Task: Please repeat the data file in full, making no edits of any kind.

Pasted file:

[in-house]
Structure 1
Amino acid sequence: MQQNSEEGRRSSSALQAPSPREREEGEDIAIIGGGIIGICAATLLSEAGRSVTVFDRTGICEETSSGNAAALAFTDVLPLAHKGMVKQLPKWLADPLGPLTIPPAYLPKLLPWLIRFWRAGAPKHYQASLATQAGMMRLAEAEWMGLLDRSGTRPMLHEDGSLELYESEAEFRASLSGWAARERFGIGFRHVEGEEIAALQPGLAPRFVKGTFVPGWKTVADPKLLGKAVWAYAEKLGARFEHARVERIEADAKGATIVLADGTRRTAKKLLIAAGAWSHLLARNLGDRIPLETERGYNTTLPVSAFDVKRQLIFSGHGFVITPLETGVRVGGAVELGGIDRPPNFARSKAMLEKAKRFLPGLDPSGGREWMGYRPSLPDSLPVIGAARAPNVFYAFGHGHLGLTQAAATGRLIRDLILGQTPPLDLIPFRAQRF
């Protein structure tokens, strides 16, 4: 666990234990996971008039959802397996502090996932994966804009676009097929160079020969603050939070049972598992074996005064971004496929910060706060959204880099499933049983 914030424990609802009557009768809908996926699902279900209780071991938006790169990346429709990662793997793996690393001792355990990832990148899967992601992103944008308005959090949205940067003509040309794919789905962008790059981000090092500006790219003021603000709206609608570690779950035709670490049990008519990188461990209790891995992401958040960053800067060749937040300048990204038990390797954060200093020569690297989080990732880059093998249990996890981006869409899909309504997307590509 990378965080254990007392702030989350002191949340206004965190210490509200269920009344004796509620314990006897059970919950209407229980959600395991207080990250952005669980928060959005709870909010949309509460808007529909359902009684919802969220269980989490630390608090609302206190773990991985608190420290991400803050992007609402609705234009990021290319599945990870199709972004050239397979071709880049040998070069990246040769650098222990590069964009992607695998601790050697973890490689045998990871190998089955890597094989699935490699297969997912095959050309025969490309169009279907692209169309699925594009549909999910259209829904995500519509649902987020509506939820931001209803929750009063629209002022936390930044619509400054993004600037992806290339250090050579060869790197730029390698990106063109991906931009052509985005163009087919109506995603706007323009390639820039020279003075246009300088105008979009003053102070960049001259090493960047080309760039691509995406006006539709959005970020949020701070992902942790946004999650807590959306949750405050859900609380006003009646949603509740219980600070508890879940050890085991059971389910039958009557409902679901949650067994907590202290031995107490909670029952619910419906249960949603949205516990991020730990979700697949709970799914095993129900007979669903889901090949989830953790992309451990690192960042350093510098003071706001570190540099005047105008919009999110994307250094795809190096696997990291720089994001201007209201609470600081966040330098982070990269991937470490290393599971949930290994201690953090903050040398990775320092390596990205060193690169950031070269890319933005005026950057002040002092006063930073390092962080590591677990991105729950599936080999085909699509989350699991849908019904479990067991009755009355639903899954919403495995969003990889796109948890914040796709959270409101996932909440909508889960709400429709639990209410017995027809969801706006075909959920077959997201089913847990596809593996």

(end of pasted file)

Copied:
[in-house]
Structure 1
Amino acid sequence: MQQNSEEGRRSSSALQAPSPREREEGEDIAIIGGGIIGICAATLLSEAGRSVTVFDRTGICEETSSGNAAALAFTDVLPLAHKGMVKQLPKWLADPLGPLTIPPAYLPKLLPWLIRFWRAGAPKHYQASLATQAGMMRLAEAEWMGLLDRSGTRPMLHEDGSLELYESEAEFRASLSGWAARERFGIGFRHVEGEEIAALQPGLAPRFVKGTFVPGWKTVADPKLLGKAVWAYAEKLGARFEHARVERIEADAKGATIVLADGTRRTAKKLLIAAGAWSHLLARNLGDRIPLETERGYNTTLPVSAFDVKRQLIFSGHGFVITPLETGVRVGGAVELGGIDRPPNFARSKAMLEKAKRFLPGLDPSGGREWMGYRPSLPDSLPVIGAARAPNVFYAFGHGHLGLTQAAATGRLIRDLILGQTPPLDLIPFRAQRF
């Protein structure tokens, strides 16, 4: 666990234990996971008039959802397996502090996932994966804009676009097929160079020969603050939070049972598992074996005064971004496929910060706060959204880099499933049983 914030424990609802009557009768809908996926699902279900209780071991938006790169990346429709990662793997793996690393001792355990990832990148899967992601992103944008308005959090949205940067003509040309794919789905962008790059981000090092500006790219003021603000709206609608570690779950035709670490049990008519990188461990209790891995992401958040960053800067060749937040300048990204038990390797954060200093020569690297989080990732880059093998249990996890981006869409899909309504997307590509 990378965080254990007392702030989350002191949340206004965190210490509200269920009344004796509620314990006897059970919950209407229980959600395991207080990250952005669980928060959005709870909010949309509460808007529909359902009684919802969220269980989490630390608090609302206190773990991985608190420290991400803050992007609402609705234009990021290319599945990870199709972004050239397979071709880049040998070069990246040769650098222990590069964009992607695998601790050697973890490689045998990871190998089955890597094989699935490699297969997912095959050309025969490309169009279907692209169309699925594009549909999910259209829904995500519509649902987020509506939820931001209803929750009063629209002022936390930044619509400054993004600037992806290339250090050579060869790197730029390698990106063109991906931009052509985005163009087919109506995603706007323009390639820039020279003075246009300088105008979009003053102070960049001259090493960047080309760039691509995406006006539709959005970020949020701070992902942790946004999650807590959306949750405050859900609380006003009646949603509740219980600070508890879940050890085991059971389910039958009557409902679901949650067994907590202290031995107490909670029952619910419906249960949603949205516990991020730990979700697949709970799914095993129900007979669903889901090949989830953790992309451990690192960042350093510098003071706001570190540099005047105008919009999110994307250094795809190096696997990291720089994001201007209201609470600081966040330098982070990269991937470490290393599971949930290994201690953090903050040398990775320092390596990205060193690169950031070269890319933005005026950057002040002092006063930073390092962080590591677990991105729950599936080999085909699509989350699991849908019904479990067991009755009355639903899954919403495995969003990889796109948890914040796709959270409101996932909440909508889960709400429709639990209410017995027809969801706006075909959920077959997201089913847990596809593996």